This project started with the aim of finding out whether and how the Internet as a vehicle or context could be useful in mathematics teacher education. The use of online discussions could help provide insight about what was going on in the teachers’ minds. These insights would help with daily assessments and would affect decisions about how to proceed throughout the courses.  During the year, much was discovered about online community building, pedagogy, and mathematics learning.  New aspects of common issues faced in teacher education were observed, including teachers’ experiences with diversity and the importance of issues such as death. As the initial data and early experiences of the year were collected, they began to influence my thoughts about what was being learned. I narrowed my focus on the examination of effectiveness of the integration of online discussion into the mathematics methods courses. Specifically, this research is guided by the following research questions:

  • How would online discussions contribute or hinder teachers’ learning in mathematics methods courses?
  • What pedagogical strategies need to be considered when incorporating online threaded discussion?

Theoretical Perspective and Structure of the Courses

The two courses for pre- and in-service teachers (hereafter referred to collectively as teachers) were entitled Mathematics for Elementary Schools and Mathematics for Secondary Schools.  These courses were grounded in theories and research from cognitive research (Bruer, 1993), constructivism (Vygotsky, 1978; Young, 1997), and the development of new learning technologies (Scardamalia, Bereiter, & Lamon, 1994).  Social constructivism, in particular, underlies my conception of the courses.  In this view, “the learning that occurs in context is considered more useful or valuable to the learner than the learning that occurs in isolated situations” (Guy, Li, & Simanton, 2002).  In addition, knowledge is constructed and advanced through social interactions (Kanuka & Anderson, 1998).  Adherents of such perspectives believe that methods courses provide better authentic contexts for the learning of technology than a stand-alone technology course. Methods courses can provide students with opportunities to observe professors modeling integration of technology in teaching and learning; students can apply technology in their own learning, and they can plan and implement innovative uses of technology in their own teaching (Willis, 2001).

Further, knowledge construction is based on social experiences. Technology such as the Internet and multimedia provide “an effective means for implementing constructivist strategies that would be difficult to accomplish in other media” (Driscoll, 1994, p. 376). According to McDuffie and Slavit (2003), online discussions used in elementary mathematics methods classrooms can support teachers’ reflection and challenge their beliefs about mathematics education. Based on this set of research, the courses were designed to help the teachers develop skills and advance knowledge in mathematics education by integrating technology with sustained educational experiences.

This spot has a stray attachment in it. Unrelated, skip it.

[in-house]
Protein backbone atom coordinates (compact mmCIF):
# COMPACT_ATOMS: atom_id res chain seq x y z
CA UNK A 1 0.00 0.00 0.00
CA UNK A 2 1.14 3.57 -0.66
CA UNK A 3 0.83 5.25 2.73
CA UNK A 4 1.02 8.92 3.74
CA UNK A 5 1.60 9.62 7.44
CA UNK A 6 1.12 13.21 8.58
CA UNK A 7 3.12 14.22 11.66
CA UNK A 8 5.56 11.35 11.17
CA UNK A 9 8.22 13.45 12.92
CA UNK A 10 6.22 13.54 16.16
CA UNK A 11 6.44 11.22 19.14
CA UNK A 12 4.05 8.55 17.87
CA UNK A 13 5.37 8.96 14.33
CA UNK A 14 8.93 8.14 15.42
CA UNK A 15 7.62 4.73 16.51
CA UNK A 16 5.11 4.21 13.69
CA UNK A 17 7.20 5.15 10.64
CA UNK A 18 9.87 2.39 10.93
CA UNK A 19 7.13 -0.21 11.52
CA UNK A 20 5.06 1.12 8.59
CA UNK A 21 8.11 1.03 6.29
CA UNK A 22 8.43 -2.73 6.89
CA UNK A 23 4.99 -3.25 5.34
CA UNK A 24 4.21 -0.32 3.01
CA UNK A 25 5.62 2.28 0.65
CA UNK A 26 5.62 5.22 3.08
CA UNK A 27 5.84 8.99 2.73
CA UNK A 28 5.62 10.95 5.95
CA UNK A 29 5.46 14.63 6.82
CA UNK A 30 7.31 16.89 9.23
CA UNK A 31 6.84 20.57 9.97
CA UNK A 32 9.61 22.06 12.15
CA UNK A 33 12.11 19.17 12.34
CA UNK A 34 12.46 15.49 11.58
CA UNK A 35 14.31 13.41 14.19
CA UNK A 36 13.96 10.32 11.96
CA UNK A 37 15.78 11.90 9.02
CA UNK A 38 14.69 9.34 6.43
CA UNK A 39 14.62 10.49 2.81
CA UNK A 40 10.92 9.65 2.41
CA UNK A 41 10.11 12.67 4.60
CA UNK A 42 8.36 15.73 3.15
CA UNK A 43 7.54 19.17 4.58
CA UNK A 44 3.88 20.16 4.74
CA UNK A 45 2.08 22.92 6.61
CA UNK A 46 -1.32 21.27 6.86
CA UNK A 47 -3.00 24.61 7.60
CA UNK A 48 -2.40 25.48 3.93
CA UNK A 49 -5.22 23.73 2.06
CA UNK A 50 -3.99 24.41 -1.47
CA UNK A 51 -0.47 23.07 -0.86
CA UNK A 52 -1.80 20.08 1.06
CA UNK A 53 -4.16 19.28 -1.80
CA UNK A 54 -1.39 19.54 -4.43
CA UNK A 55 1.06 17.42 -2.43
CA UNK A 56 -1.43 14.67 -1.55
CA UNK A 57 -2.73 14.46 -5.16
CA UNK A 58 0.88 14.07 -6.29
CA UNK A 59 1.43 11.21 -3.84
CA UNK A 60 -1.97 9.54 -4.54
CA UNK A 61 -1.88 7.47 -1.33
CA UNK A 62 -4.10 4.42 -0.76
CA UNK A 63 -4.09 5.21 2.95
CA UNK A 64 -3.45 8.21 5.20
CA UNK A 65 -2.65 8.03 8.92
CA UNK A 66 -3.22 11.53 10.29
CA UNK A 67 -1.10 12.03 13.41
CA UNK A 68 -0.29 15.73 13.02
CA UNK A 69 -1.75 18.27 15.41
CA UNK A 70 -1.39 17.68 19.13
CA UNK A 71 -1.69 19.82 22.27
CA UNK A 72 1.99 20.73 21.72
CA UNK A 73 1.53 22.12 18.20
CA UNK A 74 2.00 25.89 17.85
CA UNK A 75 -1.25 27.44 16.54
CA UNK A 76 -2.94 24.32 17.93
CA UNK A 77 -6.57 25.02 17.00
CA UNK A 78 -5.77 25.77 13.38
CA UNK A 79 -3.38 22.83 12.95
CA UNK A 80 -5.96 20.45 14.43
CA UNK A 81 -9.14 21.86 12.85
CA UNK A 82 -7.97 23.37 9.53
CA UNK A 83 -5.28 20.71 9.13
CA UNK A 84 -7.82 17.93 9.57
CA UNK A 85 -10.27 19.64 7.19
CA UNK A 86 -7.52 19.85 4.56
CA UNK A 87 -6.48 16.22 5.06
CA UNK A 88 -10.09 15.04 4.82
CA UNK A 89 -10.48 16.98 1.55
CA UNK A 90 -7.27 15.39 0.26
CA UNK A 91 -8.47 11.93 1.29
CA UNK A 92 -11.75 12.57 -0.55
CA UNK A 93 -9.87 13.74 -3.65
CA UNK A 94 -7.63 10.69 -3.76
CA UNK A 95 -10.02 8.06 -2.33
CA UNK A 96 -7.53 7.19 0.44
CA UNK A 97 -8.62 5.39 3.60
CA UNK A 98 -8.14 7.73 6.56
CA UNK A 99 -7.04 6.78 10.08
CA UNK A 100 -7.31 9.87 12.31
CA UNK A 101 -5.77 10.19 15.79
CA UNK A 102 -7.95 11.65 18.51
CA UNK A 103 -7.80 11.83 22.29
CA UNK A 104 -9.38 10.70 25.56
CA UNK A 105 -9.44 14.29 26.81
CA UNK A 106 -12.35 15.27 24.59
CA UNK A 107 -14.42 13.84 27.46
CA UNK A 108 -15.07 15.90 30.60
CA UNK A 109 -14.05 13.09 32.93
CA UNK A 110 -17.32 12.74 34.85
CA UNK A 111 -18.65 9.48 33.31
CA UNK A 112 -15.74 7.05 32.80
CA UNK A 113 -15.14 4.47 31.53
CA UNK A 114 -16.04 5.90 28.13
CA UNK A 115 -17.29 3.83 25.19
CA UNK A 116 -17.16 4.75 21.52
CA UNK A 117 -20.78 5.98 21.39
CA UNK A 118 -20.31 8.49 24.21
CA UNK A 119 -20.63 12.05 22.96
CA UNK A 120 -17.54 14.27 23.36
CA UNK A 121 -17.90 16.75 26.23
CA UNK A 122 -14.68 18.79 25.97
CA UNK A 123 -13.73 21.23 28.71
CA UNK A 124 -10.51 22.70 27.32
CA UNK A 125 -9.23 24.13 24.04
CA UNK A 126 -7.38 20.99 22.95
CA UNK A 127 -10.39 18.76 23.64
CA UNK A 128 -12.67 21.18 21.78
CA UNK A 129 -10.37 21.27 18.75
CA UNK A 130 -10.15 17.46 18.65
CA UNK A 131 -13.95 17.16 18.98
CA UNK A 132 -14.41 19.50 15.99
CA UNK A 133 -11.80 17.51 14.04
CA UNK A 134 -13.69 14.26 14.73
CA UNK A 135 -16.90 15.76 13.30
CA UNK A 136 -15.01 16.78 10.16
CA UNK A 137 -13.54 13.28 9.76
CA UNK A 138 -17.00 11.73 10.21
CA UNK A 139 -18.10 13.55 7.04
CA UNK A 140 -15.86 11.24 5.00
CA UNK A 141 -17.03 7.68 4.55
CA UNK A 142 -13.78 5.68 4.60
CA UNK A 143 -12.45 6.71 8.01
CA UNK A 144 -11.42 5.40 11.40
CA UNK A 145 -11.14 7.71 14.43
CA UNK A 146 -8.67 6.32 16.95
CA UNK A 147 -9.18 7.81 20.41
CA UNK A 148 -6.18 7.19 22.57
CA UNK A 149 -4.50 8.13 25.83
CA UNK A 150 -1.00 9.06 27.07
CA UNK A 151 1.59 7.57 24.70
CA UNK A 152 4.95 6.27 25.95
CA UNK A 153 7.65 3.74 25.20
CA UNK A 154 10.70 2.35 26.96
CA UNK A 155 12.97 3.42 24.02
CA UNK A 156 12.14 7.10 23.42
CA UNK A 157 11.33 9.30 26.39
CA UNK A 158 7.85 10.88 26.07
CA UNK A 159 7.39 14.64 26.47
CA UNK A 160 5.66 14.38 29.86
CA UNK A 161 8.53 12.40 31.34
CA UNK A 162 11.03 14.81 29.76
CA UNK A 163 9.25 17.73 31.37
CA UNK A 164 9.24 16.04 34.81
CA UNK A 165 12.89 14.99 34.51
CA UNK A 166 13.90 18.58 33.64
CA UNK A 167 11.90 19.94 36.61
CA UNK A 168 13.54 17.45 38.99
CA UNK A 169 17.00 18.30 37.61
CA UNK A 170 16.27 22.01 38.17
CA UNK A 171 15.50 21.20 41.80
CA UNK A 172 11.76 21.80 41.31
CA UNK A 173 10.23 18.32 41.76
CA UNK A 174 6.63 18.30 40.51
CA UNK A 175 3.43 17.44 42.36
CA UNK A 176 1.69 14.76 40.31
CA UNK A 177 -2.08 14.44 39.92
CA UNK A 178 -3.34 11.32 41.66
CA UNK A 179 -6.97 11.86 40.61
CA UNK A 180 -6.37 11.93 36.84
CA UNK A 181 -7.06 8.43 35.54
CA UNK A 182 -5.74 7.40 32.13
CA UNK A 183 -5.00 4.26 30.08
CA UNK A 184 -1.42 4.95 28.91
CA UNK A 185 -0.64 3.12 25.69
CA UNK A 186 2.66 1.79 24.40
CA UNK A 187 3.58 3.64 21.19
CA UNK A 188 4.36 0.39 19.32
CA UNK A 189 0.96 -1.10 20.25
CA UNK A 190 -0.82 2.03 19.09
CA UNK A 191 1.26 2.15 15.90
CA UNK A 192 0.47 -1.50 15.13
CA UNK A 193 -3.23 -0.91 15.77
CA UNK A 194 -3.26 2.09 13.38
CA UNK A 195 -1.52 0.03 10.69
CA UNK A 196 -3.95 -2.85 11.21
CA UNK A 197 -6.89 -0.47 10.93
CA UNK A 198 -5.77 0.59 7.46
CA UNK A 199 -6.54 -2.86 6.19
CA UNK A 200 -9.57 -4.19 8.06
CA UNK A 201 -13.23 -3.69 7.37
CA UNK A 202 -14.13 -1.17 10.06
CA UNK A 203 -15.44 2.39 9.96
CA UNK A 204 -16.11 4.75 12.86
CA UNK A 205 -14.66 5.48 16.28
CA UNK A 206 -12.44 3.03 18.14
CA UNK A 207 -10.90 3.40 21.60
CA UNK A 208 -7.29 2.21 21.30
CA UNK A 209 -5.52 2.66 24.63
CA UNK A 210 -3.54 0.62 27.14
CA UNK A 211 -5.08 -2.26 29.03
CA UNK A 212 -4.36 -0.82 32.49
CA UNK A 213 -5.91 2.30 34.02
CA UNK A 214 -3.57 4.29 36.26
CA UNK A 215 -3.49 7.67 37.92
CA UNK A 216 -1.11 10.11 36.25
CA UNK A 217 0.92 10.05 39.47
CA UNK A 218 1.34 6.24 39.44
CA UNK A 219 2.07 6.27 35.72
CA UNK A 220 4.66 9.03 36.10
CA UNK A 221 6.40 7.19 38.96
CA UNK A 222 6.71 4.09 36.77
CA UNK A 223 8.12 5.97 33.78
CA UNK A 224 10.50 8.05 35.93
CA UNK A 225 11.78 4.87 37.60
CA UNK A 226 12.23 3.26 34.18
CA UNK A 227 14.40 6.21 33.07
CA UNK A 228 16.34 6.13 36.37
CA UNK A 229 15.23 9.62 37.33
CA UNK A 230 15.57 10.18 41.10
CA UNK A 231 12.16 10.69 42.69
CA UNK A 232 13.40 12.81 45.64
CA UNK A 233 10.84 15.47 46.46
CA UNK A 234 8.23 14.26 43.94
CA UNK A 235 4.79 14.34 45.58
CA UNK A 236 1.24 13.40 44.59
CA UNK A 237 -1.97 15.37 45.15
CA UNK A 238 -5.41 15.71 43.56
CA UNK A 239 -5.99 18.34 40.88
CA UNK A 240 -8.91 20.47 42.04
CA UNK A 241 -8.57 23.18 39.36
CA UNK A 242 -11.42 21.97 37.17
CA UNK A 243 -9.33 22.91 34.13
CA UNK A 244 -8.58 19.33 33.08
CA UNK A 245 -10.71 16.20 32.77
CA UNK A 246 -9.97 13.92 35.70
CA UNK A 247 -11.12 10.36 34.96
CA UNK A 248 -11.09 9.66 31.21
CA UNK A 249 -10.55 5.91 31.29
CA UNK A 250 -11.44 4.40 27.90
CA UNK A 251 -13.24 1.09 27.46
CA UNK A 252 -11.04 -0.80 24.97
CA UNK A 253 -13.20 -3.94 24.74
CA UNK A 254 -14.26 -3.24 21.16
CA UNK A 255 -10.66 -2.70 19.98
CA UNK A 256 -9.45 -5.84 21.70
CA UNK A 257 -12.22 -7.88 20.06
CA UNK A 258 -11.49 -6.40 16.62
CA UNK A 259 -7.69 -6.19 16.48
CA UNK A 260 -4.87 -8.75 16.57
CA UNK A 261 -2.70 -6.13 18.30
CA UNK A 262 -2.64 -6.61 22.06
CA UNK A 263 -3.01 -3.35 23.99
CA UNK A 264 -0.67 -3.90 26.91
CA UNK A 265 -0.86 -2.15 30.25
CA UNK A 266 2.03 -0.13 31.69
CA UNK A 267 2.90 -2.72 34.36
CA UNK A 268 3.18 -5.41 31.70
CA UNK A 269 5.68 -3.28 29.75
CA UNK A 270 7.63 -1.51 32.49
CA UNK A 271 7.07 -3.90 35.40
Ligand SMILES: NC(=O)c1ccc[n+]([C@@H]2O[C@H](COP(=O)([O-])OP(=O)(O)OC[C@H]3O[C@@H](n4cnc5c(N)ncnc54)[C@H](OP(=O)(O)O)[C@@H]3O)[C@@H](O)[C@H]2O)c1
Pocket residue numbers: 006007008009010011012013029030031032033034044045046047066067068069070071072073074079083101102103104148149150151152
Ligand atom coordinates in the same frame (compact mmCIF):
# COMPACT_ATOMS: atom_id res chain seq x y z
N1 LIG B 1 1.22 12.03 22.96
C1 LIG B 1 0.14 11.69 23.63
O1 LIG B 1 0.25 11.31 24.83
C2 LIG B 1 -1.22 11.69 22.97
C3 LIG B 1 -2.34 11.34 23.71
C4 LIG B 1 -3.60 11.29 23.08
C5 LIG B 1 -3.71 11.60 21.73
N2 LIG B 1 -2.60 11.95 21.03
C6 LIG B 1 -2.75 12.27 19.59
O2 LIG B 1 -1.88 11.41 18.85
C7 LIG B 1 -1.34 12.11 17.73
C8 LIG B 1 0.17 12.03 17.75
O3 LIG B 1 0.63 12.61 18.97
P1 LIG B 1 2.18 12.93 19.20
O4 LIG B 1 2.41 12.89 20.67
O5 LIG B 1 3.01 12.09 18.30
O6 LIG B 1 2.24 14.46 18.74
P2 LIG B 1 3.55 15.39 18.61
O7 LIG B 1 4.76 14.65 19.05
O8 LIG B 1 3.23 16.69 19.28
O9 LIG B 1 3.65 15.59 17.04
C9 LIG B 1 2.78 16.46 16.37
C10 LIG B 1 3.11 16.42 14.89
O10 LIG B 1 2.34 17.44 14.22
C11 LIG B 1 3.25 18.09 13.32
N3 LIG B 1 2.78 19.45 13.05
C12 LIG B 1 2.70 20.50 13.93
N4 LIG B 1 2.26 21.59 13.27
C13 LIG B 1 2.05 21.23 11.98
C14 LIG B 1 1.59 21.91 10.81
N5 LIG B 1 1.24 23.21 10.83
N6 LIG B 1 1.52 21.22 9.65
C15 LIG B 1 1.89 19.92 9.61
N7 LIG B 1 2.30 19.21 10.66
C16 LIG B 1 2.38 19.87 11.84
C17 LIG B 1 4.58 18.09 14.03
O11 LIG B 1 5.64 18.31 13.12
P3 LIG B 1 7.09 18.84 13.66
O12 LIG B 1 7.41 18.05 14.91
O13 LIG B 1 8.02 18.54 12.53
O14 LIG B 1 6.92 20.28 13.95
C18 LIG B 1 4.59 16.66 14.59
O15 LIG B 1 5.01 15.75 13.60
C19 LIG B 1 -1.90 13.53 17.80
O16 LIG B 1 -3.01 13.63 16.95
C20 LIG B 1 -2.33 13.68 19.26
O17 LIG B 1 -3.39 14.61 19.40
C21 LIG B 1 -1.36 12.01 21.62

The main objectives of the methods courses for these teachers were as follows:

  • Formulate a personal sense of what mathematics is and what it means to teach mathematics.
  • Become more prepared to teach mathematics using technology as a tool.
  • Learn different techniques of teaching mathematics.
  • Develop resources of good mathematical problems and ways to assess them.
  • Enhance teachers’ understanding of mathematics teaching, learning, and assessment based on the Principles and Standards for School Mathematics (NCTM, 2000).

The courses were structured to combine regular face-to-face classroom instruction with participation in asynchronous threaded online discussions. The courses started with reflective inquiry by the teachers on their experiences with mathematics teaching and learning.  Then the teachers examined theoretical and practical issues in mathematics teacher education.  In a final multimedia project, the teachers developed ways to apply course content to improve their own teaching and learning of mathematics.

Face-to-face interaction was still critical in these courses because of the need for rich hands-on experience with manipulatives. As indicated by Merryfield (2001), online instruction is not especially helpful to hands-on work.  Because the university is located in a rural area, many of teachers lived 75 miles away from the campus.  Integrating part of the course online provided more chances for the teachers to interact with each other and with me than they would have attained by solely commuting to classes.